I was happily writing away on my iPad and typed the sentence, “That isn’t a bad thing.”
A word suggestion popped up: “thang.”
You read that right. Autocorrect suggested a facetious mispronunciation to replace an actual word. There’s my proof – the featured image above is an unaltered screen shot.
I really couldn’t believe it.
Then I looked down at the auto-suggest tab.
The offerings included “thingy.”
I found that outrageous as well. However, the origin of “thingy” is surprisingly long ago – 1880s, according to Dictionary.com.
The actual word I had typed, “thing,” was only offered in quotes in the far left on the auto-suggest bar, which is what happens when you’ve typed a word that the program doesn’t understand and wants to replace.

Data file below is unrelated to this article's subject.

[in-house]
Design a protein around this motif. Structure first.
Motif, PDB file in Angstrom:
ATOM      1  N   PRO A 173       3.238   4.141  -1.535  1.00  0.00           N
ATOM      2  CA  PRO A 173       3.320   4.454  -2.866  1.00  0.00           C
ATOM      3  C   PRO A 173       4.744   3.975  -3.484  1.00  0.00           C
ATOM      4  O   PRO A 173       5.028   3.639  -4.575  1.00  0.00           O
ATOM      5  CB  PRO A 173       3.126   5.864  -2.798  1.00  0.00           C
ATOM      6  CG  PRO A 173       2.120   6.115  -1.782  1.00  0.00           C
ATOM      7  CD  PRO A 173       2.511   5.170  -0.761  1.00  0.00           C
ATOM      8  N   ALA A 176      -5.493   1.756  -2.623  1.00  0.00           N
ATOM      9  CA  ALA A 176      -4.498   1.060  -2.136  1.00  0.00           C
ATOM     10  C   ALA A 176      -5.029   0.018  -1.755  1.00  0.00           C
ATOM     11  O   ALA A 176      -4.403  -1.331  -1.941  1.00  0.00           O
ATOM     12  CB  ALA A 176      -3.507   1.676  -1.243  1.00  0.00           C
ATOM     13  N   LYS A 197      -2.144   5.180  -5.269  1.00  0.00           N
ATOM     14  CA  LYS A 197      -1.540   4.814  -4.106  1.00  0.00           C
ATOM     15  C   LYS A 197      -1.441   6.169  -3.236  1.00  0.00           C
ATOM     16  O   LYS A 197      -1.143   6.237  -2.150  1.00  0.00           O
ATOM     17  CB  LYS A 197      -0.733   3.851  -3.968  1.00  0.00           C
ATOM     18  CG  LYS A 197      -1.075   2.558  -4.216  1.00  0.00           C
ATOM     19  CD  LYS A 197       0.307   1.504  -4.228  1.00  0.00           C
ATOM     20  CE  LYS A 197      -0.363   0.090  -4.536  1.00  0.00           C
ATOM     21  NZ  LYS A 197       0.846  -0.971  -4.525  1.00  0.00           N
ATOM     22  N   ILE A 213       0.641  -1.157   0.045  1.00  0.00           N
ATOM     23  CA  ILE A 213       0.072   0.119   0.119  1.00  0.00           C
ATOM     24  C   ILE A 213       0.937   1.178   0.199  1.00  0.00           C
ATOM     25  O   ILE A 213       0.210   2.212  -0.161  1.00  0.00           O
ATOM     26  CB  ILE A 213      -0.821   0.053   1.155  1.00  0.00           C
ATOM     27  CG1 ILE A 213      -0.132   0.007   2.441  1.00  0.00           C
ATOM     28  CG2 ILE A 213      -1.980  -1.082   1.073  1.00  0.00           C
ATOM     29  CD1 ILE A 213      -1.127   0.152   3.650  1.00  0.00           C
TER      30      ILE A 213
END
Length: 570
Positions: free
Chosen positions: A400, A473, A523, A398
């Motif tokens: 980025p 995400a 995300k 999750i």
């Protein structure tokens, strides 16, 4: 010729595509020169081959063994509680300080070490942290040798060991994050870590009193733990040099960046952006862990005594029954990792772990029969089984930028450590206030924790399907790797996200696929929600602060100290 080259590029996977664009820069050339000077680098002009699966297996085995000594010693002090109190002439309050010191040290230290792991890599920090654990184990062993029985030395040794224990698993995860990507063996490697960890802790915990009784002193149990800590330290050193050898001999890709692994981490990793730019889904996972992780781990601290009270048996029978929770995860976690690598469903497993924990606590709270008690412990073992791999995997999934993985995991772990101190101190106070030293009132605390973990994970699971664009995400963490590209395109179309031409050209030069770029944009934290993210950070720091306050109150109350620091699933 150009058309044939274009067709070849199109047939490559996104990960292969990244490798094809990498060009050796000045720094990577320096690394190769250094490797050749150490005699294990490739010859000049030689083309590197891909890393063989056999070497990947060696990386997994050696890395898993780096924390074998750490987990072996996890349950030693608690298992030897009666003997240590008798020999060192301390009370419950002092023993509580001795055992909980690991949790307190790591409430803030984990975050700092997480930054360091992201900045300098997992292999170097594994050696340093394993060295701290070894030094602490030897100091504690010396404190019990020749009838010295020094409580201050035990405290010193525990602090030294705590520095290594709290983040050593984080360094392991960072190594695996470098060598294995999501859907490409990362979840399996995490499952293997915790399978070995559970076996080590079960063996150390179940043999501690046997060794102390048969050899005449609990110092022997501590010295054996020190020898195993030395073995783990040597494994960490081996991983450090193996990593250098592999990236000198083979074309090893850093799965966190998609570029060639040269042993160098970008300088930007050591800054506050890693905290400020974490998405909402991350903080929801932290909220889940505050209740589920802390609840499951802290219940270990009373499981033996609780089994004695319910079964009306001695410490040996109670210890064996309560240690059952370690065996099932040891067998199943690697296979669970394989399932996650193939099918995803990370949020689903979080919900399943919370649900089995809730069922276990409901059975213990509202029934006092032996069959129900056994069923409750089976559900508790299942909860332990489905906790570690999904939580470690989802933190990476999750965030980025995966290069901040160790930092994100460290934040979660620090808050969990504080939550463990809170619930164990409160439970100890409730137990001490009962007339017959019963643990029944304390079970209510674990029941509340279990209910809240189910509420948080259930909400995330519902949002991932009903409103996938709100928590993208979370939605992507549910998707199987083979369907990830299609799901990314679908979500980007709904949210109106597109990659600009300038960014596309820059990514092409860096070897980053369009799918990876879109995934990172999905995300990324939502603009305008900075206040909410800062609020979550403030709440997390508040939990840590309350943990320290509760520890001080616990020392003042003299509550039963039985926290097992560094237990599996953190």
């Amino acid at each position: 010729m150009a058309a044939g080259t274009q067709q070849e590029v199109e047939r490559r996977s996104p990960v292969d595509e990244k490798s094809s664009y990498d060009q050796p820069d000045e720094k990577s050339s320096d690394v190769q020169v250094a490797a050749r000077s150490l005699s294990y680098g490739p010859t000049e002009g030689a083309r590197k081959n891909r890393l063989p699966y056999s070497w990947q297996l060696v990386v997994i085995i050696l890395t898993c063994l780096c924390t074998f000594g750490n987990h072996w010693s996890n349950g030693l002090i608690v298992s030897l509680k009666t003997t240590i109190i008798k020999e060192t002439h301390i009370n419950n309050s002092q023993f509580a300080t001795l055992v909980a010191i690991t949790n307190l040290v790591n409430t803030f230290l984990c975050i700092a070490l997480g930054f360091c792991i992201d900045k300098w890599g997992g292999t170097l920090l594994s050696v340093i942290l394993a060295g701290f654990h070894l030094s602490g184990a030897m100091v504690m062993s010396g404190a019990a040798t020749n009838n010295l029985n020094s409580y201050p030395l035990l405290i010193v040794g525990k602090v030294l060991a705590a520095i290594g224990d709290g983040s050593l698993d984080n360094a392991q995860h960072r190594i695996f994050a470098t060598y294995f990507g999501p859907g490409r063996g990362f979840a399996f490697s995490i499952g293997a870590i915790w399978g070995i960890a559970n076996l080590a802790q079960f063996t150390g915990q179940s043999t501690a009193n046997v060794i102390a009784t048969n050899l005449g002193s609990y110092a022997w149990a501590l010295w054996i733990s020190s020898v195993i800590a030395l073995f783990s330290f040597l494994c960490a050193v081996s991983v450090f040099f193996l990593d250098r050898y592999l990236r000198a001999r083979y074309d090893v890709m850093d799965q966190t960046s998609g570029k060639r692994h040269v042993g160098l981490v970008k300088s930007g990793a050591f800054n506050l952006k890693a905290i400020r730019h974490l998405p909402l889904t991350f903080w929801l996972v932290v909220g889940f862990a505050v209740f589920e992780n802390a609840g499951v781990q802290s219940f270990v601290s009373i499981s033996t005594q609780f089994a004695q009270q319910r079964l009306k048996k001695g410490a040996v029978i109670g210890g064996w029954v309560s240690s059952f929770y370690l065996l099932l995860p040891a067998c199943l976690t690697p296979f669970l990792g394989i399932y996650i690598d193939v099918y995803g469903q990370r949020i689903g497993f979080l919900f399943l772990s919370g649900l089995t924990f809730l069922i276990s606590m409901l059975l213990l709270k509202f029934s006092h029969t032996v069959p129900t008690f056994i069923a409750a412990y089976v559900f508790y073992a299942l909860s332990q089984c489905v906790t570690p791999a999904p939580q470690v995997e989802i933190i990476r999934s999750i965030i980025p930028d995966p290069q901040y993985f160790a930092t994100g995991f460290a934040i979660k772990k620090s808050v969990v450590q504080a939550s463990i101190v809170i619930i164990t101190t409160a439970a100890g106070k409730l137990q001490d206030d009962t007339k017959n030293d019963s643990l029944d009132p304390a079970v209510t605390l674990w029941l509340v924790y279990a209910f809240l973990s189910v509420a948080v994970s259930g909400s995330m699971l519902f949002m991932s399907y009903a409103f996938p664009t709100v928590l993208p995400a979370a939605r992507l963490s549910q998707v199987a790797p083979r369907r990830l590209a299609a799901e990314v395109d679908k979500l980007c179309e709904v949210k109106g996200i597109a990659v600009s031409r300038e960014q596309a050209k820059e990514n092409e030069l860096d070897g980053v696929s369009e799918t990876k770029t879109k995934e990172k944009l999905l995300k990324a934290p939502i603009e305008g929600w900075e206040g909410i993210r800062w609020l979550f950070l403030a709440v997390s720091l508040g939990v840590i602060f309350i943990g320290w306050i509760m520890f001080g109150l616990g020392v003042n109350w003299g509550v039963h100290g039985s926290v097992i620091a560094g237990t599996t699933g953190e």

OK. We really HAVE gone too far.
The experience was surreal, disorienting, a little Orwellian. Why would I be prompted to use a fake, slang word to replace a real, normal, dictionary word?
I’ve pondered this when autocorrect capitalizes every use of the words Cubs and Giants. What?? It’s not like I’m a sportswriter who has opted to capitalize those words myself.
Are professional sports teams more important than the correct spelling of little bears and big people?
The bigger question is: What’s the long-term effect on kids who grow up with computers that suggest “thang” to replace “thing”?
Today’s penny is a 2014, the year iOS 8 launched with a little thingy bar to give you word suggestions.